This took longer than I’d like to admit for me to realize. Getting into a bad fight doesn’t always ruin a relationship. Having doubts or fears about getting married doesn’t mean he’s not the “one.” Proposals and stories about how you met don’t have to be perfect or even make a lot of sense to anyone but the people in the relationship. My husband proposed to me a couple times before we officially became engaged and that doesn’t mean we’re not as in love as someone who had a fairy tale proposal with a big diamond ring. My husband doesn’t have to buy me fancy shopping sprees or gifts for every anniversary to show he loves me. The “relationship goals” trend on Twitter really irks me. Putting pressure of what society or the Internet thinks our relationship should look like on each other is only going to fail. It’s easy to see posts on Pinterest and think, “my spouse doesn’t do this or that for me” and forget about the positive things in the relationship. Appreciating what you have with your spouse is just as important as appreciating the material things you have in life. A big part of loving someone is accepting who they are, flaws and all. I’ve learned to let go of the unrealistic fantasy I had before of marriage, because that’s not fair to my husband. My life is not a romantic comedy and I love my husband enough to let go of that. Real love stories are far more interesting anyway.
5.) Courtship is still a thing.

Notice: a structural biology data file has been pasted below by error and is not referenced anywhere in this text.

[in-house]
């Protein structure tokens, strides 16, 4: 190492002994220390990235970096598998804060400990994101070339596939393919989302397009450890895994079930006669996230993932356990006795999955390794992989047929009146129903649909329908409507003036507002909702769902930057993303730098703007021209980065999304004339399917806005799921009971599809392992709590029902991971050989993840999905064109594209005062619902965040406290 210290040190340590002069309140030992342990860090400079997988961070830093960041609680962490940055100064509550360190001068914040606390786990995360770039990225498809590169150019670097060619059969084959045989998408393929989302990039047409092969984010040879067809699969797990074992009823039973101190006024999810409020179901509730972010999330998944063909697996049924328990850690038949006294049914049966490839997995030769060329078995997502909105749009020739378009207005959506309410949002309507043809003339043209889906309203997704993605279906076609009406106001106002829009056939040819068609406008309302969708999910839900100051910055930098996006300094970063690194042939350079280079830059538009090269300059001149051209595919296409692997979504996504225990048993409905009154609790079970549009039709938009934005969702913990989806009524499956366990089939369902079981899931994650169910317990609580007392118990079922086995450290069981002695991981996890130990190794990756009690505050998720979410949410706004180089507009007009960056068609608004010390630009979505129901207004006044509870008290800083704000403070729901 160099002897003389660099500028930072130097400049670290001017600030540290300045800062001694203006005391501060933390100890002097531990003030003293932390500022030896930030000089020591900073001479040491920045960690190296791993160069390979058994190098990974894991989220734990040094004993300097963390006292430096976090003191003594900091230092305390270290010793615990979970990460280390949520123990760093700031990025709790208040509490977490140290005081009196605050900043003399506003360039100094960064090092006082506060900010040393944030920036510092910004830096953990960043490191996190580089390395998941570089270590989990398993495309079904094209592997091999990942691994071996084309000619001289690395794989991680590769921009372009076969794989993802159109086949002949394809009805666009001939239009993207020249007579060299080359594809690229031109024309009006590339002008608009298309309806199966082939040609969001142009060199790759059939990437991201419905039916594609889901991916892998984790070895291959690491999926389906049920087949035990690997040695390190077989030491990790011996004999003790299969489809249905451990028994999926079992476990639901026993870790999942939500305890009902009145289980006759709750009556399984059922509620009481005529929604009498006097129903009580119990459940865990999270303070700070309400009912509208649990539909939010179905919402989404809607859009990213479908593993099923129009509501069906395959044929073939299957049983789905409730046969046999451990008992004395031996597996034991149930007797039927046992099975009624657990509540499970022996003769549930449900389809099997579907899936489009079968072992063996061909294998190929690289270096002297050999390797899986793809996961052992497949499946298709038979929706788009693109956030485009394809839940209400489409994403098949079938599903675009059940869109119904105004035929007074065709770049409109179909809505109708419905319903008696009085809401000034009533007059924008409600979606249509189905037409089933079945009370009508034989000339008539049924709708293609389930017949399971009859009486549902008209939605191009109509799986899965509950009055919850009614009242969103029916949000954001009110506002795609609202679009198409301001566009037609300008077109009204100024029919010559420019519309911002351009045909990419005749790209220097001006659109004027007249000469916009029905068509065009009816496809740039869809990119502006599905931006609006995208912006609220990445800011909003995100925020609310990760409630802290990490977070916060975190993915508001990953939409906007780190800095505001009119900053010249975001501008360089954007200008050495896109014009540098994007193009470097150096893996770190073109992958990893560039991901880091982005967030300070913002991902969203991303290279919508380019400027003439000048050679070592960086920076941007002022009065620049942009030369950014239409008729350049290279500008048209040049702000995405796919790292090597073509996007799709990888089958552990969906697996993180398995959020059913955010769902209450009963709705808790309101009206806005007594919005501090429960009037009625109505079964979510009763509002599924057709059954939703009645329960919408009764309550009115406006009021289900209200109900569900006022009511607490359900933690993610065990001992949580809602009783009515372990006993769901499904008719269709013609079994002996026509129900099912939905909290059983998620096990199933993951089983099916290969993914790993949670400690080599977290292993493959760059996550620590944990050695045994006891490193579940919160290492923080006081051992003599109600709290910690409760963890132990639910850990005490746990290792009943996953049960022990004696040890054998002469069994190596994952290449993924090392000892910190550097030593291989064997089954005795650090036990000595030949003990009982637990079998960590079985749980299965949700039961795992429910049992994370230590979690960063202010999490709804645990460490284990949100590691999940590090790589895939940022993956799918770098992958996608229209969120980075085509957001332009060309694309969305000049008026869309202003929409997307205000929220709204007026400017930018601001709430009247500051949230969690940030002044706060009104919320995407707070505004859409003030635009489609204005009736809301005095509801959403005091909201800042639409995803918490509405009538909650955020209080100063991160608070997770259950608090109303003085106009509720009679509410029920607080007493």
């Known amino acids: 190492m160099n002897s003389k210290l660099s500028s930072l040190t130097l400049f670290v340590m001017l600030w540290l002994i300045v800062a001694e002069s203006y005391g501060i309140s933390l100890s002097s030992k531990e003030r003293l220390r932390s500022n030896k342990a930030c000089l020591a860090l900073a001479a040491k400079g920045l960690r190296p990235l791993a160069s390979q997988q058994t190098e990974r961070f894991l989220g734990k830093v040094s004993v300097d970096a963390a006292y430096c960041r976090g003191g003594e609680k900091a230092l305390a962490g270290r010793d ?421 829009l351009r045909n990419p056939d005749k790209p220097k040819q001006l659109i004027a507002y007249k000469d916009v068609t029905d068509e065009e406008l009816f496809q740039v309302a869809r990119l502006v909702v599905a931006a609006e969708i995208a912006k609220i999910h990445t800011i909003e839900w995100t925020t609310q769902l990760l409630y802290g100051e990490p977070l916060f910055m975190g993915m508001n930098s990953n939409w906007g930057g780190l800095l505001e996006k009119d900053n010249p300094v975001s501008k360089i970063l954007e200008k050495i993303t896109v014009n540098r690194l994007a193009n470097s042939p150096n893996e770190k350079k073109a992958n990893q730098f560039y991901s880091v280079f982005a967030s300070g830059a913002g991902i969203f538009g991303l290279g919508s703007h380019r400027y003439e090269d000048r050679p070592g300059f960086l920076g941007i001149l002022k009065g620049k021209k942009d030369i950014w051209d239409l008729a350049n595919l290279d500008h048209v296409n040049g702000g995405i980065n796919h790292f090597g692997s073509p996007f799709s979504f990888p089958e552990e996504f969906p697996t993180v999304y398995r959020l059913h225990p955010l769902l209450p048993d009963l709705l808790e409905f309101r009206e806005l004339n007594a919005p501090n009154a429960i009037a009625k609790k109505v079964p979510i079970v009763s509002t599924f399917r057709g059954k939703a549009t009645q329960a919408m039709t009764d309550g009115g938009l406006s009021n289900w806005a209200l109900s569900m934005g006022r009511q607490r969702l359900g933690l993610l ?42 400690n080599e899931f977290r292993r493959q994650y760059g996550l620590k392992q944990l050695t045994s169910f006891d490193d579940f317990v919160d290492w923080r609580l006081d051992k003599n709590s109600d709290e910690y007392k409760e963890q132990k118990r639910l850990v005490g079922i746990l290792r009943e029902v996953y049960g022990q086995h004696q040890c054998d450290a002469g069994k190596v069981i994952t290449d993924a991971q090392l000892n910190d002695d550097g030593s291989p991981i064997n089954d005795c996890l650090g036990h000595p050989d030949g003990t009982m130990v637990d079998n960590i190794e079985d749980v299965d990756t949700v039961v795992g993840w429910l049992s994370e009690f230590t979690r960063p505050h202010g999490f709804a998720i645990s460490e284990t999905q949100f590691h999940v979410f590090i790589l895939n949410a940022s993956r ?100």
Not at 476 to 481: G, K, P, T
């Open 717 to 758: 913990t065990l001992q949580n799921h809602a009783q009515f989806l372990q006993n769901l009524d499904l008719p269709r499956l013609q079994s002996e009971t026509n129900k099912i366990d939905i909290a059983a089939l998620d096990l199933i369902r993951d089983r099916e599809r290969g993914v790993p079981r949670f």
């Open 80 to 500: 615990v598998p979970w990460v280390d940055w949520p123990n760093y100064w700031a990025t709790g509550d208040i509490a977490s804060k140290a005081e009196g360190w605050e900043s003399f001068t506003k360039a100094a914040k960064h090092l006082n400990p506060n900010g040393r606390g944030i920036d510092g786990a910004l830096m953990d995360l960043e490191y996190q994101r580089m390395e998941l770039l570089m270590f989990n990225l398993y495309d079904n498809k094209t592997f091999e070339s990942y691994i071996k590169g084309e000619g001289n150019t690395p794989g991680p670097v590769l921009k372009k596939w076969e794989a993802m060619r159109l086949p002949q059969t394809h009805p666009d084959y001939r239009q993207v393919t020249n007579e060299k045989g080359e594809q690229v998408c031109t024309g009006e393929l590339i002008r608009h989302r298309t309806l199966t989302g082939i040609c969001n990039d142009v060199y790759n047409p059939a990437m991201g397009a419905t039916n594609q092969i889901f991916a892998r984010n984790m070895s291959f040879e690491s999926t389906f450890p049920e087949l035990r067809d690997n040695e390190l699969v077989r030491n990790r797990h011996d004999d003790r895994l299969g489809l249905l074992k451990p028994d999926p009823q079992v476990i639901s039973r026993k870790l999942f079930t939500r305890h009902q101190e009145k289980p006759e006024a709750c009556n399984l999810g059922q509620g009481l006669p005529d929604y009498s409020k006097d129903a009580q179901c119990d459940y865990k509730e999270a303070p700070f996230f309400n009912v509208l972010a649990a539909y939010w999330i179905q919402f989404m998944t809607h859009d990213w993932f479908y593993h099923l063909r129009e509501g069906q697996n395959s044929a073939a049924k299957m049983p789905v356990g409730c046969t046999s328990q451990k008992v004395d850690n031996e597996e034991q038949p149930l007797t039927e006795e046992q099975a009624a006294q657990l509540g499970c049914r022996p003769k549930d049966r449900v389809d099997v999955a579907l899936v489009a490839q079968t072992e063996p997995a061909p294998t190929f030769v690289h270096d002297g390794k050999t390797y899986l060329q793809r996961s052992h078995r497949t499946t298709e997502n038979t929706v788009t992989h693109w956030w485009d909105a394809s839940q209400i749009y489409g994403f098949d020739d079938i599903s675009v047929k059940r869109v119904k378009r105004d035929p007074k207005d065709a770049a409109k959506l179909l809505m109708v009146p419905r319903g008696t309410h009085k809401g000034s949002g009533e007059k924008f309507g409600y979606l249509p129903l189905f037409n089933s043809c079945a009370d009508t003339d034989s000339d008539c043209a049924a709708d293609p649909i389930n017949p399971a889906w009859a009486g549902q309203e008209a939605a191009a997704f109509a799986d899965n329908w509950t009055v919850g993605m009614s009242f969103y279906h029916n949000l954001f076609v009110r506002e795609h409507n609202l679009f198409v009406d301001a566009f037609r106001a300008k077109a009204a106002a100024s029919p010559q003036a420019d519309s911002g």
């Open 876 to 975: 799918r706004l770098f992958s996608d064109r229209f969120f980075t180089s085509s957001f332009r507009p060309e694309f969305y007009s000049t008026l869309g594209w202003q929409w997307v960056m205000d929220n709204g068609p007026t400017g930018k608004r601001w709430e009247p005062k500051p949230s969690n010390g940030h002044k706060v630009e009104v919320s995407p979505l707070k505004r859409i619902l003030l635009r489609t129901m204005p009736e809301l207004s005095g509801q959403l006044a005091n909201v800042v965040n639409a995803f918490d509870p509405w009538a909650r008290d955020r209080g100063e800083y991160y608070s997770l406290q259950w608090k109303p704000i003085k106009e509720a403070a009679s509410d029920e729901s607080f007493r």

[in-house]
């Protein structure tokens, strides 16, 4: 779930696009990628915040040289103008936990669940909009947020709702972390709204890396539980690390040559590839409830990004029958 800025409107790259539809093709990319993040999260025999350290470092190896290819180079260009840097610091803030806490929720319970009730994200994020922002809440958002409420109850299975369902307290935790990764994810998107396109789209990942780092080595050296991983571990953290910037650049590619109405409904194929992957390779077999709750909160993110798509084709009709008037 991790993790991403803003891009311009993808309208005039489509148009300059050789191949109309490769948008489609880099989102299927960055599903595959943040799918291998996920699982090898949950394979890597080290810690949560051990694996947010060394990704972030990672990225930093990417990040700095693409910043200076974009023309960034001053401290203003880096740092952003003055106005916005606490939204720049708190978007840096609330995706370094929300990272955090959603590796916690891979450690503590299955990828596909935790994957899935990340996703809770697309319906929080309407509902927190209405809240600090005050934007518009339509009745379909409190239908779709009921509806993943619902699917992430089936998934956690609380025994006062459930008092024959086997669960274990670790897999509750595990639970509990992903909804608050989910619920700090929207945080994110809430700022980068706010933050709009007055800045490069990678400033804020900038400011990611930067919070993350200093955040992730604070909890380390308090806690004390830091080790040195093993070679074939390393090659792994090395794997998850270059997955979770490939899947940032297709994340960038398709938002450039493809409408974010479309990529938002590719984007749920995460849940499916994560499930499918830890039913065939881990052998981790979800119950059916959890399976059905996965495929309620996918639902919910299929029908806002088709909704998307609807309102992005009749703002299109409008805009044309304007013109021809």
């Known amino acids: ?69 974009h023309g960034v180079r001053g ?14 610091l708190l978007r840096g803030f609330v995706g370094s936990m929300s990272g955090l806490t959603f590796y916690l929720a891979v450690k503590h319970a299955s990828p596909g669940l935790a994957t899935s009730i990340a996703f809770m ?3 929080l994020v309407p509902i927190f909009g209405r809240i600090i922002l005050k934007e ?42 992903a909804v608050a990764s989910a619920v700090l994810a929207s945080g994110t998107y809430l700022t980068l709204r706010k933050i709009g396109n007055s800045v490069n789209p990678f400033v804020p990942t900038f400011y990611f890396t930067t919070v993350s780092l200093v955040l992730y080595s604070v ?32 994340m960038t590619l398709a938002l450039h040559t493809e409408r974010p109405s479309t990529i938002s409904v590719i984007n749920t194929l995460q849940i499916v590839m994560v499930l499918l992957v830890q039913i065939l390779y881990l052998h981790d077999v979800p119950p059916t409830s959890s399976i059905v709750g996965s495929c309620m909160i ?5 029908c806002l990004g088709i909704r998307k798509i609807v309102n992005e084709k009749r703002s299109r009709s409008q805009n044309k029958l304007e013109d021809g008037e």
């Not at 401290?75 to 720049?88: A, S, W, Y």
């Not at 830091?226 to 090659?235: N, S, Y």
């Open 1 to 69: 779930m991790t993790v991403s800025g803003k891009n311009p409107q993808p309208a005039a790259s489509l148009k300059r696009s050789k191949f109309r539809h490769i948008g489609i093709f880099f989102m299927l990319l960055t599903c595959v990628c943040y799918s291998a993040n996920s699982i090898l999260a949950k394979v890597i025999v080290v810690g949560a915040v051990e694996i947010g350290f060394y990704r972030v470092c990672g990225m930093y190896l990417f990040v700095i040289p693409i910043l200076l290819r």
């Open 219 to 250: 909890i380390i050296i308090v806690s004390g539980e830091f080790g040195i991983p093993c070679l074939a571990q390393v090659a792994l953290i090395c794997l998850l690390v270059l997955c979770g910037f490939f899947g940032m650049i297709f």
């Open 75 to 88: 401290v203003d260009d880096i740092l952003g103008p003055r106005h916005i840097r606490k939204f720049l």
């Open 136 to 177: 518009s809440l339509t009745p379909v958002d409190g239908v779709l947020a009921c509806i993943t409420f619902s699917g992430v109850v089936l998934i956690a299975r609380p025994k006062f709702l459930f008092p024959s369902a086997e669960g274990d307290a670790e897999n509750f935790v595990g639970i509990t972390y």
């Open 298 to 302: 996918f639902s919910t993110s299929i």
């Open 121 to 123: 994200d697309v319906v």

Even though we don’t live in a fairy tale relationship, I don’t believe the honeymoon feelings should ever end. Because we have been together for several years now, my husband and I have encountered a couple lulls in our relationship even before we got married. I think that’s fairly normal as long as we realize it’s happening and work to fix it. Since we’ve been married, we’ve encountered some challenges, such as moving 300 miles away from all our friends and family and starting over in everything: new careers, new house, new town, new culture…and we’re broke, which will always be hard on a relationship. Somehow, all of those things have only driven us closer than ever before. I now understand what couples mean when they say they were happiest when they had nothing but each other. We’ve discovered that courtship is still very important. And it shouldn’t have to be hard or cost a lot of money. Doing little things for each other makes all the difference. He makes me dinner when he knows I had a long day at work and don’t feel like cooking even though I’m typically the chef in our relationship. I’ll text him loving messages or inside jokes if I know he’s having a bad day at work. He’ll record a show for me or buy me a used book he thinks I’ll like. In our relationship, courtship has evolved from surprising me at work with flowers to bringing me a cup of coffee in the morning, but it still feels the same. I’m head over heels for him and he’s crazy about me. At the end of the day, we’re still each other’s biggest fans and I know we’re both willing to work to make sure that never changes.